# Setting bounds for constants in a fit() object in terms of other constants in the fit object

5 visualizzazioni (ultimi 30 giorni)
Seo Kyung Ahn il 19 Lug 2024
Modificato: Matt J il 20 Lug 2024
Hello, I am currently trying to fit experimental data that I theorize fits a logarithmic function.
To this end, I am using the fit() and fitoptions() function in order to create a logarithmic equation.
Since the default MATLAB logarithmic fit model does not seem to account for horizontal translation and scaling, I have created a custom fit type as seen below:
shiftedLog = fittype('A*log((B*x)-C) + D', 'independent', 'x', 'coefficients', {'A','B','C','D'});
% set the bounds
opts.StartPoint = [...]; % Initial guesses for [A, B, C, D]
opts.Lower = [...]; % Lower bounds for [A, B, C, D]
opts.Upper = [...]; % Upper bounds for [A, B, C, D]
I have noticed that when I try to run this program, I have ran into errors where the fit object returns either infinity or a complex value.
Since the log() function is defined only when its inner argument > 0, I need to specify the bounds for variables B and C to keep the entire argument positive.
However, When I try to specify the bounds in terms of the constants of the fit object, for example:
opts.Lower = [-Inf, C/min(x),...]
MATLAB gives me an error.
I know that in the main script code, the constants A, B, C, and D are not standalone variables so the main script has this issue, but as (to my knowledge) fit() finds the best values for the constants through an iterative process. Given this, It is impractical to specify a hard-coded value for the limits.
How should I approach this problem? Is there another way to find fit of a logarithmic function that incorporates 'shifting' and 'stretching' in both horizontal and vertical directions? Or is there a workaround? Thank you in advance.
##### 2 CommentiMostra NessunoNascondi Nessuno
Mathieu NOE il 19 Lug 2024
can you share some data ? and IC for the fit
Matt J il 19 Lug 2024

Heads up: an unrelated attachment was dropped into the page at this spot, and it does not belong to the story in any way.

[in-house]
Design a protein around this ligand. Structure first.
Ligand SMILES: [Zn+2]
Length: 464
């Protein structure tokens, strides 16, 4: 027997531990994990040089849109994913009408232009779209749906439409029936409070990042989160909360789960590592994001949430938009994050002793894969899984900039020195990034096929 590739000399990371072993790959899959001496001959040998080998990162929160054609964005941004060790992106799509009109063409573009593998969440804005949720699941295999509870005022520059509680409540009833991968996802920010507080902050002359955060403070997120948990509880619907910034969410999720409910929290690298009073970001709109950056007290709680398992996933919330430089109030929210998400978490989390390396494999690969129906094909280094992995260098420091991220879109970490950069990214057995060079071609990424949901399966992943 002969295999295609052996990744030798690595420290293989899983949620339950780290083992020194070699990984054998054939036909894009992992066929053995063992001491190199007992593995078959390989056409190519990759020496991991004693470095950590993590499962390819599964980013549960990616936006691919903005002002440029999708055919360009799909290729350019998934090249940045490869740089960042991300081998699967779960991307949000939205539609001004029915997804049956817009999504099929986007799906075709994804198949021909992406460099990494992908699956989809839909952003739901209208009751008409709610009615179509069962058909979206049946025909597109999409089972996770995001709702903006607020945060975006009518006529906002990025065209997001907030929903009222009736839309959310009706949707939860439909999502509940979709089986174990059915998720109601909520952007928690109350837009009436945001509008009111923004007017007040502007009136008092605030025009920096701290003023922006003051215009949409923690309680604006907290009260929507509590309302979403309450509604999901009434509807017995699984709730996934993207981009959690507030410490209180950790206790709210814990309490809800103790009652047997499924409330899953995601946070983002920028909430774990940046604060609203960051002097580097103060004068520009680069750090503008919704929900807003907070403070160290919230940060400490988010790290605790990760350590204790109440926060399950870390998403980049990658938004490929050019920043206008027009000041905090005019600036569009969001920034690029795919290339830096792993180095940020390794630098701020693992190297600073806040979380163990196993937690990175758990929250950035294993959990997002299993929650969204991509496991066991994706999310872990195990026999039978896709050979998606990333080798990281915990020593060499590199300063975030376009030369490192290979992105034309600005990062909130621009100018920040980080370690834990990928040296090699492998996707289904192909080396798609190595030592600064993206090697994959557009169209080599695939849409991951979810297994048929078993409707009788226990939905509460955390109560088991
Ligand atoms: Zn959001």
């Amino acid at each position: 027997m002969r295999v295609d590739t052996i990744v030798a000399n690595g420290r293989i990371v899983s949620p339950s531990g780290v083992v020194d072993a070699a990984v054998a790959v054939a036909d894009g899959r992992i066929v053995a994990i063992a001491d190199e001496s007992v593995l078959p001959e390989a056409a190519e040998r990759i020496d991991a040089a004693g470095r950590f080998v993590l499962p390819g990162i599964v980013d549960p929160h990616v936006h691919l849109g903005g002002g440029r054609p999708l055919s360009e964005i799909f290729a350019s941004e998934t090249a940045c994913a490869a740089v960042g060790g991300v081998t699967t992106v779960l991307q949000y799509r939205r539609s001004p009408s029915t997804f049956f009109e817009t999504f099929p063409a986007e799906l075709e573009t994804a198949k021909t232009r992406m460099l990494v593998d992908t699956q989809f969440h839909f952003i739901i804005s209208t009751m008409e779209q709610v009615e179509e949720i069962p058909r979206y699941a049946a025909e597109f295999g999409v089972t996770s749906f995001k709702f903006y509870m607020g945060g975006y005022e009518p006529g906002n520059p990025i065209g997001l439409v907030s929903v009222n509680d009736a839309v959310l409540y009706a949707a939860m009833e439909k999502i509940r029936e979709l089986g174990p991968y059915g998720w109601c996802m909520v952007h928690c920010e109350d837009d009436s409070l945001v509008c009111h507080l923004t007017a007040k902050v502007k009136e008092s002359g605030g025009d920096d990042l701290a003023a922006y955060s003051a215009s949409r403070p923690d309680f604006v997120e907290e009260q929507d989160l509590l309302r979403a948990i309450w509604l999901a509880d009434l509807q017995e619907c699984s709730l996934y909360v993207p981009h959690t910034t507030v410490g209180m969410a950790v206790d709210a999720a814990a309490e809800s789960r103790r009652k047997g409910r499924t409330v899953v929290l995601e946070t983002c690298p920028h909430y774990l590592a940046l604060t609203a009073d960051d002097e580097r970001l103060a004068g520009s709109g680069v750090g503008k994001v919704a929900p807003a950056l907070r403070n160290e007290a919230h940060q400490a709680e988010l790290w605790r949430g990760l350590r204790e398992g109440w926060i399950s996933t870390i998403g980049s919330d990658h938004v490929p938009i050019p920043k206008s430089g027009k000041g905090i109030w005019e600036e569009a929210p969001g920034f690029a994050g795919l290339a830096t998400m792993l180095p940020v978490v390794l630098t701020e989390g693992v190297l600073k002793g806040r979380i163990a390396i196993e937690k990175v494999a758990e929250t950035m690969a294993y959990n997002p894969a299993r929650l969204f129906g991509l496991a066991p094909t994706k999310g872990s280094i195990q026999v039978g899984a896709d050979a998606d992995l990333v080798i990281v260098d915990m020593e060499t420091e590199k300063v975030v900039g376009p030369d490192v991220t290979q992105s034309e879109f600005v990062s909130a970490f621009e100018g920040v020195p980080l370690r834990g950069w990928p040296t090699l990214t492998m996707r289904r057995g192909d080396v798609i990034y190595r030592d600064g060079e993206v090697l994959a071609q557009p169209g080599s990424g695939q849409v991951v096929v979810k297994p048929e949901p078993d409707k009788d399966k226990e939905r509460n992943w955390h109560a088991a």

Modificato: Matt J il 19 Lug 2024
The model is over-parametrized. The D parameter can be removed.
To see this, make the change of variables D=A*log(E). Then the model becomes,
y = A*log(B*x-C)+A*log(E)
= A*log(B*E*x-C*E)
which is equivalent to the 3-parameter model,
y = A*log(b*x-c)

Accedi per commentare.

### Risposta accettata

Matt J il 19 Lug 2024
Modificato: Matt J il 20 Lug 2024
As a more indirect approach, instead of fitting,
y=A*log(B*x-C) %D has been deliberately removed - it is unnecessary
you could invert the model equation and fit,
x=(1/B)*exp(y/A) + C/B
which is the same as,
x=a*exp(b*y)+c
which is the same as the built-in 'exp2' fittype with d=0.
If you like, you can then go back to your original formulation, using the above fit to derive the StartPoint. Hopefully, this will put you close enough to the solution that B*x-C>0 will be innately satisfied.
##### 0 CommentiMostra -2 commenti meno recentiNascondi -2 commenti meno recenti

Accedi per commentare.

### Più risposte (1)

Torsten il 19 Lug 2024
Modificato: Torsten il 19 Lug 2024
Use "lsqcurvefit" and set A(1,2) = -1, A(1,3) = 1/min(x) and b(1) = 0 for the linear constraint condition A*x<=b.
##### 0 CommentiMostra -2 commenti meno recentiNascondi -2 commenti meno recenti

Accedi per commentare.

### Categorie

Scopri di più su Get Started with Curve Fitting Toolbox in Help Center e File Exchange

R2023b

### Community Treasure Hunt

Find the treasures in MATLAB Central and discover how the community can help you!

Start Hunting!

Translated by